Variables and identifiers

This section describes the syntax for variable declaration and the rules for associating named identifiers with variables.


Variables are used to store values that are one of the FQL Types.

You assign a value to the variable using the let statement:

let foo = 5

By default, variables are immutable so you can’t assign a new value to the variable. Assigning a new value to the variable x gives an error:

let x = 5
x = 6
Error: invalid_query

The query failed 1 validation check

error: Expected end-of-input
at *query*:2:3
2 | x = 6
  |   ^

But you can redeclare a variable:

let a = 2
let a = 4

You can also use a previous definition of the variable to redeclare the variable:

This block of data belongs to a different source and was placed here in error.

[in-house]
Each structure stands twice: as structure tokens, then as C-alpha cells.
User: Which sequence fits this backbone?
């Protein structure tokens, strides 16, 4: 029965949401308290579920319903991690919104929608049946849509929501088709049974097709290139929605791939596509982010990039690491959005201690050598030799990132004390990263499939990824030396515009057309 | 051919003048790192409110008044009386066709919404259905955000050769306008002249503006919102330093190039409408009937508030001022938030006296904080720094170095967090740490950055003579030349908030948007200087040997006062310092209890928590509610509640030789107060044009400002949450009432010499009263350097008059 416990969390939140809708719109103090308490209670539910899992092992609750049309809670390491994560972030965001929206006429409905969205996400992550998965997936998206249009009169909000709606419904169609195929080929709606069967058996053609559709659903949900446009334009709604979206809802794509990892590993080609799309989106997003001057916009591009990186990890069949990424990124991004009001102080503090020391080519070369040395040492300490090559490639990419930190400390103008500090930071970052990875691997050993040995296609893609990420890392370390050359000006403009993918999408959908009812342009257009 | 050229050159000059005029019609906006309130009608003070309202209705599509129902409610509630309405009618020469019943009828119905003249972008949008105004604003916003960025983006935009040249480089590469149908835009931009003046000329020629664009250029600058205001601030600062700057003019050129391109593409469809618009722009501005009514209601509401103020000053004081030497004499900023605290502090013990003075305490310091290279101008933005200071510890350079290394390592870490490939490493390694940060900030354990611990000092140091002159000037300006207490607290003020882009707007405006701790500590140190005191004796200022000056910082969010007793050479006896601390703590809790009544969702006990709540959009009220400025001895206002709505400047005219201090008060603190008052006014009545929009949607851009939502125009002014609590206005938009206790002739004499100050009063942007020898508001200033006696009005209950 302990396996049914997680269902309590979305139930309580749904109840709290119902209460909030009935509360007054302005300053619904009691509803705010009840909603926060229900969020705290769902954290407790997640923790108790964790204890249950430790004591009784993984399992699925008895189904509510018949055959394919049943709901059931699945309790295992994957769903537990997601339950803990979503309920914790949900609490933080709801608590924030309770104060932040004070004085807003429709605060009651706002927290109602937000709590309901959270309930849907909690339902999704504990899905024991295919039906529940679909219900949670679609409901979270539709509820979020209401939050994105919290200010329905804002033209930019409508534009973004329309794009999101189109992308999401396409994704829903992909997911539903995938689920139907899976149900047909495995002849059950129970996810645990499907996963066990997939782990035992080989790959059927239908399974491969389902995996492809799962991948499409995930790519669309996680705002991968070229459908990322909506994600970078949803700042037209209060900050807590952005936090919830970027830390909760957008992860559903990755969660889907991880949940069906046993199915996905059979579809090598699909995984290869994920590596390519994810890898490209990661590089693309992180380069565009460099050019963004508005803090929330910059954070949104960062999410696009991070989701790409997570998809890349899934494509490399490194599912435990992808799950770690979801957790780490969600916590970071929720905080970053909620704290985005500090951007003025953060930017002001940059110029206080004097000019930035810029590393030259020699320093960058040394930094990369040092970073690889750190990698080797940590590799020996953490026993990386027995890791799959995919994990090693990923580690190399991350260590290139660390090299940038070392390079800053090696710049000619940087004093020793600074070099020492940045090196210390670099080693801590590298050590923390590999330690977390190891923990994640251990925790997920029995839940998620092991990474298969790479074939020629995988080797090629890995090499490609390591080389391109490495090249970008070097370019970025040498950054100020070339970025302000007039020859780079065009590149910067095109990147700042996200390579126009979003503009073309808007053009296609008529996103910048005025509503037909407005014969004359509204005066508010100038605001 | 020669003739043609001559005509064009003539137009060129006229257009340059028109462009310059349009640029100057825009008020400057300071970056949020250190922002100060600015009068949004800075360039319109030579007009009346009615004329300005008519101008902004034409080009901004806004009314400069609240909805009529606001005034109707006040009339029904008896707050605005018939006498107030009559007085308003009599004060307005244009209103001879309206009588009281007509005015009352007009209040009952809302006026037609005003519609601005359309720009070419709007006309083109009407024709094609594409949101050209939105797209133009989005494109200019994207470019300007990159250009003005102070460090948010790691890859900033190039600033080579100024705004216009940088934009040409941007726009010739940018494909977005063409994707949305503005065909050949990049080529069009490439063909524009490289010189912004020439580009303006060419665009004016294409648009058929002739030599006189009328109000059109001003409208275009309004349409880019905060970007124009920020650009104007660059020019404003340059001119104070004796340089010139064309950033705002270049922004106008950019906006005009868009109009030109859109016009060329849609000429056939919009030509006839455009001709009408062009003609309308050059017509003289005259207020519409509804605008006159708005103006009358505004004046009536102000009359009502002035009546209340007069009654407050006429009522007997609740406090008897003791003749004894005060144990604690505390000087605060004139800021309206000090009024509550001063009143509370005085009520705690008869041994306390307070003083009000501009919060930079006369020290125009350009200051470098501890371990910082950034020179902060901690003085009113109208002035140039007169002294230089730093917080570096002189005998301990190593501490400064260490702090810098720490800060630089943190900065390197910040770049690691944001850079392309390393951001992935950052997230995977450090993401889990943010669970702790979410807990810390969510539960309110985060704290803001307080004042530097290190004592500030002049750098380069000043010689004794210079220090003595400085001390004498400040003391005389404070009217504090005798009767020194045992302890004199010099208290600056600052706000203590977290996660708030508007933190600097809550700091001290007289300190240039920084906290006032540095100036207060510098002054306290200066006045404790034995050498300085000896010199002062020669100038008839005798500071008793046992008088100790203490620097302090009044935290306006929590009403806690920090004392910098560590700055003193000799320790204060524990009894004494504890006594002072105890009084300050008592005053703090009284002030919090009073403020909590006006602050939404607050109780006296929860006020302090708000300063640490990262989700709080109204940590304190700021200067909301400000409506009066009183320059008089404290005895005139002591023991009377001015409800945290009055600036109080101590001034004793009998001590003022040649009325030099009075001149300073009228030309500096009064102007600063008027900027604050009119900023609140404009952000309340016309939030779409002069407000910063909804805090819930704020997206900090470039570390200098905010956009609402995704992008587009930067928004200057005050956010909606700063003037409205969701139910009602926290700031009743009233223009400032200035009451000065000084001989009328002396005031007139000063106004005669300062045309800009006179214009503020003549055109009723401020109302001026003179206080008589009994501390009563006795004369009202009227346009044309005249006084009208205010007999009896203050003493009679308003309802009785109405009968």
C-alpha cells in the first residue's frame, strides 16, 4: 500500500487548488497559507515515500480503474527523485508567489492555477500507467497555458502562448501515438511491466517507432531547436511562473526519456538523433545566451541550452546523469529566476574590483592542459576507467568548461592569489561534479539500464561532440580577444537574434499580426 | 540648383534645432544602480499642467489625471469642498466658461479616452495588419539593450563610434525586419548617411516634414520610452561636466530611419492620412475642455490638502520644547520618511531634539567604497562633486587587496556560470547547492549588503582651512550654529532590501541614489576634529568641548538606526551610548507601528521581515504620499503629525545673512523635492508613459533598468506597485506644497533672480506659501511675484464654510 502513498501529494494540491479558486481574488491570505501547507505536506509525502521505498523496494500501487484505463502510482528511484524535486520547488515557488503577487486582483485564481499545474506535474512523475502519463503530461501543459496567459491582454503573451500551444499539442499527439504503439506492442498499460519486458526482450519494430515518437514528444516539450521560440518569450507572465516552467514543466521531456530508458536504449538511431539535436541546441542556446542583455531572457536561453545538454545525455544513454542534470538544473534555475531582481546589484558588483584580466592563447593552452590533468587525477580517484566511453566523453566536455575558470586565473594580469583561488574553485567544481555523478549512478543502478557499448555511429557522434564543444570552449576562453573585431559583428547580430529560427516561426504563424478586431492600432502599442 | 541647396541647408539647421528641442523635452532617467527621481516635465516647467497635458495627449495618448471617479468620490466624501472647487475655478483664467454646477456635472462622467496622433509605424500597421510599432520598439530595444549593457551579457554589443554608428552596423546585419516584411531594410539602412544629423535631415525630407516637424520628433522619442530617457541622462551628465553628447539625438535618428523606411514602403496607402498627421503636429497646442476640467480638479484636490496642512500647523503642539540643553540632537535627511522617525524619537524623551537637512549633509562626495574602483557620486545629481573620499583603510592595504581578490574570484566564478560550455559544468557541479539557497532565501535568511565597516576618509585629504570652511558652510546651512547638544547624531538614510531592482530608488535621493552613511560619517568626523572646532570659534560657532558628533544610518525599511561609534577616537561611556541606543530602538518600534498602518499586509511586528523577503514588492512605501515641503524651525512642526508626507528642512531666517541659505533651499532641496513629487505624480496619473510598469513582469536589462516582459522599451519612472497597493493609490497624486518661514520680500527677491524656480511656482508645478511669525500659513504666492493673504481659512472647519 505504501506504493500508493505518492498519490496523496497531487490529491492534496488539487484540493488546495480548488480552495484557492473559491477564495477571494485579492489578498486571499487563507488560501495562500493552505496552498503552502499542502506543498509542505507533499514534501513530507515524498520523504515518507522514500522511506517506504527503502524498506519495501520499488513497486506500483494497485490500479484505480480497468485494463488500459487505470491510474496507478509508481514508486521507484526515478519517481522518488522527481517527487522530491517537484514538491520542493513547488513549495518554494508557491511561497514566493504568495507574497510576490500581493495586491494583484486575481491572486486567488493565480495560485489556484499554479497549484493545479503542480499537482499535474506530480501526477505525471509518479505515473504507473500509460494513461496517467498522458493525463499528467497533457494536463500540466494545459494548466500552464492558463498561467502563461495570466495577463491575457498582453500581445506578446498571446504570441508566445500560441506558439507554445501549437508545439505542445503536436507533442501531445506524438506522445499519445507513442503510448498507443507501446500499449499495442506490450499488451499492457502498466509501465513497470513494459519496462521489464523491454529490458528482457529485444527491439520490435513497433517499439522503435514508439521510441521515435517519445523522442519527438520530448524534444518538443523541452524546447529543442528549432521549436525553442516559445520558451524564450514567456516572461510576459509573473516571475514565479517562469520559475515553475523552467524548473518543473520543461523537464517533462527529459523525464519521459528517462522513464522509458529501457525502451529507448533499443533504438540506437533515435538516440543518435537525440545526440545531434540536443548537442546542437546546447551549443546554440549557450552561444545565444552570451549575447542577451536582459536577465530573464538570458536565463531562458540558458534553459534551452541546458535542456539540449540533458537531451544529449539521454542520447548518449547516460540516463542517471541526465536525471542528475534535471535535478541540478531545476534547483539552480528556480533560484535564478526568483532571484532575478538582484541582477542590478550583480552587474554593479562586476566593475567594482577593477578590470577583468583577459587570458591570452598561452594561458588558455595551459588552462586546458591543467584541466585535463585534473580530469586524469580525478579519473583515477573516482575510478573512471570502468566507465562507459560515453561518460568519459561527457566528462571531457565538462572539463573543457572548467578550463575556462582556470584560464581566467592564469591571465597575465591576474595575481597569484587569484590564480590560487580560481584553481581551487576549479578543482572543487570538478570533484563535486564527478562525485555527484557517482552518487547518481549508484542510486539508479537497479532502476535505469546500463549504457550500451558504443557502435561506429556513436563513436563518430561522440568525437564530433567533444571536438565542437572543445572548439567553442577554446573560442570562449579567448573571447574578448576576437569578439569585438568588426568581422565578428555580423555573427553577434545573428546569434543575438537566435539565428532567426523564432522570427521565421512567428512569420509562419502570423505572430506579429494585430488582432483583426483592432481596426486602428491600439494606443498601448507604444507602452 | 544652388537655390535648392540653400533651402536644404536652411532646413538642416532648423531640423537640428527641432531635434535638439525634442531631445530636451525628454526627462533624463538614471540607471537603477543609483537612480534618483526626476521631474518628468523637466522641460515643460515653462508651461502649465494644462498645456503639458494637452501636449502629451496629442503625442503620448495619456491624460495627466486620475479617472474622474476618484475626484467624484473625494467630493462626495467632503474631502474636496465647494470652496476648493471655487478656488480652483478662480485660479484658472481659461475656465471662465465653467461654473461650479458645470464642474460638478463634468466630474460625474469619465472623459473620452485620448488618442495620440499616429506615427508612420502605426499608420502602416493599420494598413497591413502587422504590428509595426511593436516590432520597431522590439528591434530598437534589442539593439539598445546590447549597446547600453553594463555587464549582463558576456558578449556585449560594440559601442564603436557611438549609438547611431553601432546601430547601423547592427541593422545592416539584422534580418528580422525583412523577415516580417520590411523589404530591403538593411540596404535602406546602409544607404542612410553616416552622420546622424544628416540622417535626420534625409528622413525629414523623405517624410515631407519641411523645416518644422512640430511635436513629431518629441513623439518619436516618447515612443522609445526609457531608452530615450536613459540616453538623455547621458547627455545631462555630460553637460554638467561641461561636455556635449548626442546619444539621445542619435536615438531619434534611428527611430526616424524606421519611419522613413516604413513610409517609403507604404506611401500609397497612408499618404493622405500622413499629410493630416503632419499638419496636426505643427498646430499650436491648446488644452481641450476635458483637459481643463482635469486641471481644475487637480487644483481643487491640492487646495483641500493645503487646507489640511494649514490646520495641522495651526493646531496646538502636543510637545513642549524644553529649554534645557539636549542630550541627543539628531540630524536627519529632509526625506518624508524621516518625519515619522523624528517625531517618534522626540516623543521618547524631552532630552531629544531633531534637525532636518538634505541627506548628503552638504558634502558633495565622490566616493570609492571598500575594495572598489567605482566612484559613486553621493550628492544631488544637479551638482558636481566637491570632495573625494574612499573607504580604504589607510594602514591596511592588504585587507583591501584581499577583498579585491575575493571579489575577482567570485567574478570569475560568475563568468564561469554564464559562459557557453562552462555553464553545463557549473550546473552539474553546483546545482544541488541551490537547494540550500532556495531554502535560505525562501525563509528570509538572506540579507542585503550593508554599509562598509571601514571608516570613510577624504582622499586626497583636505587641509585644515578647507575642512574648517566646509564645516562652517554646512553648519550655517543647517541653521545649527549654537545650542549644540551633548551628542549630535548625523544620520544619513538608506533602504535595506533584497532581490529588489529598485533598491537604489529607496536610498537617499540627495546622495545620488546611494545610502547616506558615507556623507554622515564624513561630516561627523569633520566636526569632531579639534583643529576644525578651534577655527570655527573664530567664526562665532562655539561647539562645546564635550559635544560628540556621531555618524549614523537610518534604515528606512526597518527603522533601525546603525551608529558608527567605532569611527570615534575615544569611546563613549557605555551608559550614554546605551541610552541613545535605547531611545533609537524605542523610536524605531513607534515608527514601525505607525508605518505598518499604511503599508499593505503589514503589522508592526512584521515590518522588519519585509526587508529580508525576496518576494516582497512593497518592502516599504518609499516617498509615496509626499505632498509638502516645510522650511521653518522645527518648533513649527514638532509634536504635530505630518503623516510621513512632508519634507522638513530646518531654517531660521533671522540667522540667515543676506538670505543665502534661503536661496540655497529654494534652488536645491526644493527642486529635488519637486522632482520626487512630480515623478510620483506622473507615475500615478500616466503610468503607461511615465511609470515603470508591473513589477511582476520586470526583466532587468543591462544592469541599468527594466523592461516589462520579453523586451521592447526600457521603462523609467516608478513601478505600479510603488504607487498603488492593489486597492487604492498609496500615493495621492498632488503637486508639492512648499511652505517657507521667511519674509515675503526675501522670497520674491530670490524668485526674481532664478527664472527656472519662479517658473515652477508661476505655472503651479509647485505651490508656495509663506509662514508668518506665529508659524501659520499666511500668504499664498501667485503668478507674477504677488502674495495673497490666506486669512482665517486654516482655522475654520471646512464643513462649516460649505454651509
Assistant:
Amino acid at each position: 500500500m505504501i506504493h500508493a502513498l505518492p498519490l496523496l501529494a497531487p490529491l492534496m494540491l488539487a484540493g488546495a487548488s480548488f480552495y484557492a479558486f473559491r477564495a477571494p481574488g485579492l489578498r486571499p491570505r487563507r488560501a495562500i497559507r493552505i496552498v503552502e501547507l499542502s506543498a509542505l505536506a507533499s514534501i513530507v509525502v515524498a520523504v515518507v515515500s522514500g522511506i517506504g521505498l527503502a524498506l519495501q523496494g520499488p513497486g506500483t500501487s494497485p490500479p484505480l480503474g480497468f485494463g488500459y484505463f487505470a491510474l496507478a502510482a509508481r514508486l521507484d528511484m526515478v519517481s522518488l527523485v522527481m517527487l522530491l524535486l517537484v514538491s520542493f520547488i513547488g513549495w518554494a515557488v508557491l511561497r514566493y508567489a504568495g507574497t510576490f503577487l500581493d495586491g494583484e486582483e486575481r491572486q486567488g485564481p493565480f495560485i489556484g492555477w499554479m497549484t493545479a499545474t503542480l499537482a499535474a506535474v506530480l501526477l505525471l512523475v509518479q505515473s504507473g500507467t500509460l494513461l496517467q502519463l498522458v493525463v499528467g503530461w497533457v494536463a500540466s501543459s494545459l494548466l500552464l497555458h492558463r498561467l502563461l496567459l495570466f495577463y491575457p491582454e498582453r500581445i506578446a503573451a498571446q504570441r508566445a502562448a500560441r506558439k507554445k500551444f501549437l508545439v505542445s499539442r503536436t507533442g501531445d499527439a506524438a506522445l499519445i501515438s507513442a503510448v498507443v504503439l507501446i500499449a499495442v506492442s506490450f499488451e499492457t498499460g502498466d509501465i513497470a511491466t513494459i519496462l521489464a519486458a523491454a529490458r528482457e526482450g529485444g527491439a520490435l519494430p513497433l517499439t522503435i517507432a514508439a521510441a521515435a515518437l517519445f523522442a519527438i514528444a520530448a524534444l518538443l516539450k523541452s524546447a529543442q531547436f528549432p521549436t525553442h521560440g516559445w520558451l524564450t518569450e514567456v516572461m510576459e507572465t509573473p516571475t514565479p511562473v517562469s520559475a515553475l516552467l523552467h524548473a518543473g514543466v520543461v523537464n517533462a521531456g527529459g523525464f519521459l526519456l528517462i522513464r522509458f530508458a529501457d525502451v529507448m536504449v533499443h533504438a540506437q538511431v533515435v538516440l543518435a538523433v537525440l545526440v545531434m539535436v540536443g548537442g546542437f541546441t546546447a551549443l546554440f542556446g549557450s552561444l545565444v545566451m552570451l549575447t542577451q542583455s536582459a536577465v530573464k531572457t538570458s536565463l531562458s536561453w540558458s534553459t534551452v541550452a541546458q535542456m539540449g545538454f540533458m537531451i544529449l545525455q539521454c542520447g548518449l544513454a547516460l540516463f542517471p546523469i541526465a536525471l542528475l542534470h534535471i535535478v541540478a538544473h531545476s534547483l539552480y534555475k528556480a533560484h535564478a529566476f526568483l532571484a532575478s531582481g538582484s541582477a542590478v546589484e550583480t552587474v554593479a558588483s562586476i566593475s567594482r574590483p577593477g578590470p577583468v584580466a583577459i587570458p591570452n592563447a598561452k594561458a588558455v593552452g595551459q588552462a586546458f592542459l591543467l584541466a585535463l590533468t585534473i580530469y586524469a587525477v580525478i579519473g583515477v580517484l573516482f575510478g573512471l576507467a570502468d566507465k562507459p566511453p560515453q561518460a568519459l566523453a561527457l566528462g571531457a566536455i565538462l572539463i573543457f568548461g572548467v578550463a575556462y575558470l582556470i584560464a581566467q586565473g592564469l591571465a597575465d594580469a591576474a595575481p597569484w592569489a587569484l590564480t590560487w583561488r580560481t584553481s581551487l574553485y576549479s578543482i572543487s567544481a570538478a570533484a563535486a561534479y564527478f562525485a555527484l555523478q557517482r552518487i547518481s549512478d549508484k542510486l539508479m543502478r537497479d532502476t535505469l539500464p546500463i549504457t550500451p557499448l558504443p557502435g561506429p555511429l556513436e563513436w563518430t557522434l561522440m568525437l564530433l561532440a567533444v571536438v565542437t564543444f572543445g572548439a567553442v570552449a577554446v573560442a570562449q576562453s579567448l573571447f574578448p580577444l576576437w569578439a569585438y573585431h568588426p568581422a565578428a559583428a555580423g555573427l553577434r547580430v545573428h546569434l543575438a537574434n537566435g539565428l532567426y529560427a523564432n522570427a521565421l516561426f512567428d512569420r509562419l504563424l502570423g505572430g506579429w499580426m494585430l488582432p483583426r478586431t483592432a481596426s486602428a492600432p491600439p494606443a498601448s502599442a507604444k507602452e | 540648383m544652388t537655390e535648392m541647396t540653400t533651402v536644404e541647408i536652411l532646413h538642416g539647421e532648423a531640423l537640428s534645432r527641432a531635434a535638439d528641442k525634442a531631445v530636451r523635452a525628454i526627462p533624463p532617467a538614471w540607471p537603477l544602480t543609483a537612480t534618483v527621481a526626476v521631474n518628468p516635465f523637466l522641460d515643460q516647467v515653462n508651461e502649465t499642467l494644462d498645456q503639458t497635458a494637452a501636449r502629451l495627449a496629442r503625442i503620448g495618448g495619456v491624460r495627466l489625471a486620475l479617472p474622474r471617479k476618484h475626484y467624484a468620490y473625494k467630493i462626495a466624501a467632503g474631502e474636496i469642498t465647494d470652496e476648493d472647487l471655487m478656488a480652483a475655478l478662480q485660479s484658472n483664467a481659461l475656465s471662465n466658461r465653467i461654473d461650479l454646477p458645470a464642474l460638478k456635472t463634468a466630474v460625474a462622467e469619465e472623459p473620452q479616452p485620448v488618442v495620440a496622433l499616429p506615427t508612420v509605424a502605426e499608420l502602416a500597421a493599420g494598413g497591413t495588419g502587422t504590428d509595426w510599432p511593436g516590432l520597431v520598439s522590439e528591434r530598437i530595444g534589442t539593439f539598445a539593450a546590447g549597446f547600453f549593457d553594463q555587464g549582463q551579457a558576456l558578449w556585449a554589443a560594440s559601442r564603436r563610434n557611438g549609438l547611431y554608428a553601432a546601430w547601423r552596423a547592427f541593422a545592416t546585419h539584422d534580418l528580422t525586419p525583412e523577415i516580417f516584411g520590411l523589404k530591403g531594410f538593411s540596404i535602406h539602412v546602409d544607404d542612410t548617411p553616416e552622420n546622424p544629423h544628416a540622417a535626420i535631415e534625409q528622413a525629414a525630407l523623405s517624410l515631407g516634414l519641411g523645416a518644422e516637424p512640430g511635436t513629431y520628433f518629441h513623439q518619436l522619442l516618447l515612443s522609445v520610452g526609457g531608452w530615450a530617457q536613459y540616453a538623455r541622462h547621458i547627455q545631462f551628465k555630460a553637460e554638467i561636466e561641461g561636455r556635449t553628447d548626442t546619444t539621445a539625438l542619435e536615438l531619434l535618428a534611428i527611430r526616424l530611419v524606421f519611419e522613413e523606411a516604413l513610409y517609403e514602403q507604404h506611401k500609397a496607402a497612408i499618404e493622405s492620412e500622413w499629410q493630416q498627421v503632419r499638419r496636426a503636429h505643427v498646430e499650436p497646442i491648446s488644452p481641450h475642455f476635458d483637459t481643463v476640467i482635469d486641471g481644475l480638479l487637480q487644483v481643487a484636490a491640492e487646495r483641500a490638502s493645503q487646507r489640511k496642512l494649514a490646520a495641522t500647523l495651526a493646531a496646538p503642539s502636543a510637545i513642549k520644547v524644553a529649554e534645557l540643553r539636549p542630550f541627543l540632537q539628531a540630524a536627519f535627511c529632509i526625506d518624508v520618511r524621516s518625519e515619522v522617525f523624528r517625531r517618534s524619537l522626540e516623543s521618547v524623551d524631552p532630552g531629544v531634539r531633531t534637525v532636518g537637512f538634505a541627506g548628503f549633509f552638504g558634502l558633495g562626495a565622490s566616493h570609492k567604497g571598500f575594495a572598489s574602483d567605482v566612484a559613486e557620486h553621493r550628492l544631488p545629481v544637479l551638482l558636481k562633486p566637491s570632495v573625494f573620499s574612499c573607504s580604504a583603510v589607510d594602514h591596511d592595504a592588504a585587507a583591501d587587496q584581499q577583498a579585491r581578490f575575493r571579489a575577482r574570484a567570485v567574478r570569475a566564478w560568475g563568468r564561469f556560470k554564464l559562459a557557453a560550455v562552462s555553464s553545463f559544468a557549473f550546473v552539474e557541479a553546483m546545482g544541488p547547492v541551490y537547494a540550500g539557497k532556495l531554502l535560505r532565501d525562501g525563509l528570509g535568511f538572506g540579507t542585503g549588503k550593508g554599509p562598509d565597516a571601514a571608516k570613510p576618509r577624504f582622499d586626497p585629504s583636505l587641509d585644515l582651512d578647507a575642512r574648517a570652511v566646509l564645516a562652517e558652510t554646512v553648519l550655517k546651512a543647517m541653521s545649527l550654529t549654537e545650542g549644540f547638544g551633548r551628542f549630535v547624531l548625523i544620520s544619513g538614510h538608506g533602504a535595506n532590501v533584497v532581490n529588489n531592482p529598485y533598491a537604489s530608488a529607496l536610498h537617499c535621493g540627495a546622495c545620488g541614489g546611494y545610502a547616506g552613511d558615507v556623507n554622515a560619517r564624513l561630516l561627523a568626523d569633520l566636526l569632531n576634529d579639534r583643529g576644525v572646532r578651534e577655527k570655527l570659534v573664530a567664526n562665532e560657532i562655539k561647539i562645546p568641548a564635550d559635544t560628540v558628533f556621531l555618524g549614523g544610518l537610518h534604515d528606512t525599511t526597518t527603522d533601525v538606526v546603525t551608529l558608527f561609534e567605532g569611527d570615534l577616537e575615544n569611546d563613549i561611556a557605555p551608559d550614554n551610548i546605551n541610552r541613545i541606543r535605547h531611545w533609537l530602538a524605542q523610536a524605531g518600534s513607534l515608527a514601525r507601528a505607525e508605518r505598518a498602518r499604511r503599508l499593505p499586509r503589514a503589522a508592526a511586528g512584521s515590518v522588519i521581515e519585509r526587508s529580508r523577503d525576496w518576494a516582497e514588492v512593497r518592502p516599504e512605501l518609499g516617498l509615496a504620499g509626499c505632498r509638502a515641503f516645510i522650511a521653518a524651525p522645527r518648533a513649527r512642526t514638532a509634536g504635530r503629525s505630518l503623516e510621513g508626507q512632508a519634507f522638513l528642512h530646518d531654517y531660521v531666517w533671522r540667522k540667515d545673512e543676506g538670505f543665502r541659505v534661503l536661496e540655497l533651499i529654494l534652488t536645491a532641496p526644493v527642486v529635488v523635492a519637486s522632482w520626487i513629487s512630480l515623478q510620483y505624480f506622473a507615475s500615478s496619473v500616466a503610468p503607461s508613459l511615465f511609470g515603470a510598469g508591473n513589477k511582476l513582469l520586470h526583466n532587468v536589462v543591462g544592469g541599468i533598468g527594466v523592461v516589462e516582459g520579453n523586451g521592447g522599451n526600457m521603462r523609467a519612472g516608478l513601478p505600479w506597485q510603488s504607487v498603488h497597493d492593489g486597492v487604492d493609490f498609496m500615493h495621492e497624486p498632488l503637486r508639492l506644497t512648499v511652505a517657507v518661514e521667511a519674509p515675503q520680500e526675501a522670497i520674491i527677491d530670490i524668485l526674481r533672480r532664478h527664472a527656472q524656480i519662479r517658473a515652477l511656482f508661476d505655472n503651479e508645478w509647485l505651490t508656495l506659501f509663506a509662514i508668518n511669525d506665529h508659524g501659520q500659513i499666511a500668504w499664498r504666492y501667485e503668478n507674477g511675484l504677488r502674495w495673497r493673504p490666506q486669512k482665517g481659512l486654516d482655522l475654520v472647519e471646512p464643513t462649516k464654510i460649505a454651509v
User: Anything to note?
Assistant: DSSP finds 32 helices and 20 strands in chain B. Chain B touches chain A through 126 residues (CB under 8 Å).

let x = 1
let x = x + 1

Here is a more complex redefinition example using an anonymous function, which shows the effect of the order of declaration:

let x = "foo"
let fn = () => x
let x = "bar"
let y = fn()
[y, x]

Variables are scoped to the block in which they’re declared as shown in this example:

let x = "foo"
let y = {
  let x = "bar"
  x  // a block must end with an expression
[x, y]


An identifier associates a name with a value. The name can be used to refer to a variable, property, field, or resource.

  • An identifier must start with a character from the set [a-zA-Z_] and be followed by zero or more characters from the set [a-zA-Z0-9_].

    An identifier defined with the let statement can’t be a single underscore (_) character. The single underscore is allowed as an anonymous function parameter and can be repeated in an anonymous function parameter list.

  • Identifiers are case-sensitive.

  • An identifier can’t be a reserved word except as described in Naming and aliasing.

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